I don't see anyone here denying the official policy of the CS government with regard to who could and could not serve in the ranks, though I would again say that that policy is not the final word on the subject and not the only thing that matters here. The question is this: do you think the men and officers who were told "no" simply gave up and went home, or did they find a way to serve anyway? Clearly in some cases they found other avenues to fight or support the war effort, despite the official government policy.
I am sorry, but their official policy mattered the most. This is why the idea of using black soldiers was repeatedly struck down by the Confederate government when it was suggested by the likes of Patrick Cleburne. Yes, there were exceptions and oddballs as they always happened throughout the history of mankind. Few free people of color found ways to stay in the Confederate army as combat soldiers by breaking the rules? Absolutely true, because mostly they looked white enough and it defeats the whole discussion over the issue of Black & Mixed-Race Confederate combat soldiers. They 'passed' as a white person in a white society of the South.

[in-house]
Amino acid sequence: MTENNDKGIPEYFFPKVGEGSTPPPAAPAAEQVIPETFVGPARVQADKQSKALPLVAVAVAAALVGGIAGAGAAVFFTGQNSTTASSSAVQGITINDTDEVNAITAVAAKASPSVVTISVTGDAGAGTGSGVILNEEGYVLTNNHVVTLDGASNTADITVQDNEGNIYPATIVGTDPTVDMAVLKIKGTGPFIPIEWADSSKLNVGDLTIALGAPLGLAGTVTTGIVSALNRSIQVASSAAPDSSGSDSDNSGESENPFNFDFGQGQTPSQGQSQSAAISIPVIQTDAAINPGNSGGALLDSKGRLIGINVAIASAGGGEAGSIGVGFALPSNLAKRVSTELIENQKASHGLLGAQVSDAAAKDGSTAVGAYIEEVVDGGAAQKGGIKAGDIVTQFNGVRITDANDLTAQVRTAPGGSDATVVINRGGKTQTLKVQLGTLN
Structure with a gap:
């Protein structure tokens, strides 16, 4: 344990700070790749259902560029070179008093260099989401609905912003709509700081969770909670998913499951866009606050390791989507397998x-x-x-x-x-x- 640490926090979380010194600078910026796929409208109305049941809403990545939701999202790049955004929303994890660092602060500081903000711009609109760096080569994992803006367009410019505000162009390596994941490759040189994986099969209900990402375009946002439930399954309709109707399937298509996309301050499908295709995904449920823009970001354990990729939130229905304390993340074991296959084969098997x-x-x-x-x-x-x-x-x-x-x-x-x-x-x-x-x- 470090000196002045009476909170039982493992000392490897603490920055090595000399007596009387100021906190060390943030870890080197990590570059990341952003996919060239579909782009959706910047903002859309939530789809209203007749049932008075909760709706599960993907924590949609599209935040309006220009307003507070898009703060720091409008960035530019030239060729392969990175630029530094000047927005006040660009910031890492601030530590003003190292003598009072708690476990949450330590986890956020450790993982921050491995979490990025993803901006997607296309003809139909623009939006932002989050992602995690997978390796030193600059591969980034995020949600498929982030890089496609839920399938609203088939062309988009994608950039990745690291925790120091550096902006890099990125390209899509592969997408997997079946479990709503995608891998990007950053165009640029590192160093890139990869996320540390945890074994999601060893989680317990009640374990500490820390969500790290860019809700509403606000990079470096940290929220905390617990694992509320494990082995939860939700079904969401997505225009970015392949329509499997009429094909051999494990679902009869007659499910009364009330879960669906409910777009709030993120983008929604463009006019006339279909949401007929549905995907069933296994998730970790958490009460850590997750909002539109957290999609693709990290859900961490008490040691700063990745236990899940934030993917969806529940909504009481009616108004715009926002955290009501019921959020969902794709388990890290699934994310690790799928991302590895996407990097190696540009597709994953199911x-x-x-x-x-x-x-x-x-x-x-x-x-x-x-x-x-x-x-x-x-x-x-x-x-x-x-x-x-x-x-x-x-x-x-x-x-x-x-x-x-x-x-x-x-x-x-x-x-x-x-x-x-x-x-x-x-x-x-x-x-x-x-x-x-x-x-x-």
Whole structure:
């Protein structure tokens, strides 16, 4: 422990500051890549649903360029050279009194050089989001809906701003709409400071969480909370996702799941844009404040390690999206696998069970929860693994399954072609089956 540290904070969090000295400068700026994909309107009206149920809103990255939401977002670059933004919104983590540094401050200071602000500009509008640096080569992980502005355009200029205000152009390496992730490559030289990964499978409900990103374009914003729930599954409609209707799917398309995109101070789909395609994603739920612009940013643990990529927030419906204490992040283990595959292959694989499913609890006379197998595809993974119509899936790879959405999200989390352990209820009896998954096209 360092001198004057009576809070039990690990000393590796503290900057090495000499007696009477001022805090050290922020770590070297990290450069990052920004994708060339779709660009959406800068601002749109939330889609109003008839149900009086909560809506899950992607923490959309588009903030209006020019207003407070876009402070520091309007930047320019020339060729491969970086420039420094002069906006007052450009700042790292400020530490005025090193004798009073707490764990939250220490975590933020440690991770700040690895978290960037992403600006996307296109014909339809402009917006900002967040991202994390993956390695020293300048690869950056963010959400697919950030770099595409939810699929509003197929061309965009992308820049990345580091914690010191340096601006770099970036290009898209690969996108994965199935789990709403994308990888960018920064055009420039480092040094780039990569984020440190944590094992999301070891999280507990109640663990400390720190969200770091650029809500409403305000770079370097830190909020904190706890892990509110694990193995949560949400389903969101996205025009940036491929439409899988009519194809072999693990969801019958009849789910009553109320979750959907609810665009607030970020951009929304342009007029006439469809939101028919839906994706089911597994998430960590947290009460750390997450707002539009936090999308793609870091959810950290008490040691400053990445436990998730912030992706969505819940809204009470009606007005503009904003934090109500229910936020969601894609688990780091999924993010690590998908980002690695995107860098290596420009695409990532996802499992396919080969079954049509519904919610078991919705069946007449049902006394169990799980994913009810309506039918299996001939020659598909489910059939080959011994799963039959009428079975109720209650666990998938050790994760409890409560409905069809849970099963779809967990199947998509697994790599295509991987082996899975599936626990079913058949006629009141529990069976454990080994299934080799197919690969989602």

My question is : Did the Confederate government officially accept the reality that they were loyal black & mixed-race folks who offered their service as combat soldiers to the Confederacy? You know the answer. They did not until March 1865. It was the Confederate government which failed to give these men chances to prove their worth and grant them a proper recognition. Let this sink in for a moment.
What really disappoints me is that some members who are highly likely intelligent and knowledgeable, thus should know better are so fixated on this legend of Black Confederates and go far as implying that the Confederacy was disorganized rabbles who did not even know their policy of employing black combatants and absolutely failed to implement their official policy of which they made it crystal clear time and time again - no black (combat) soldiers in our army's ranks.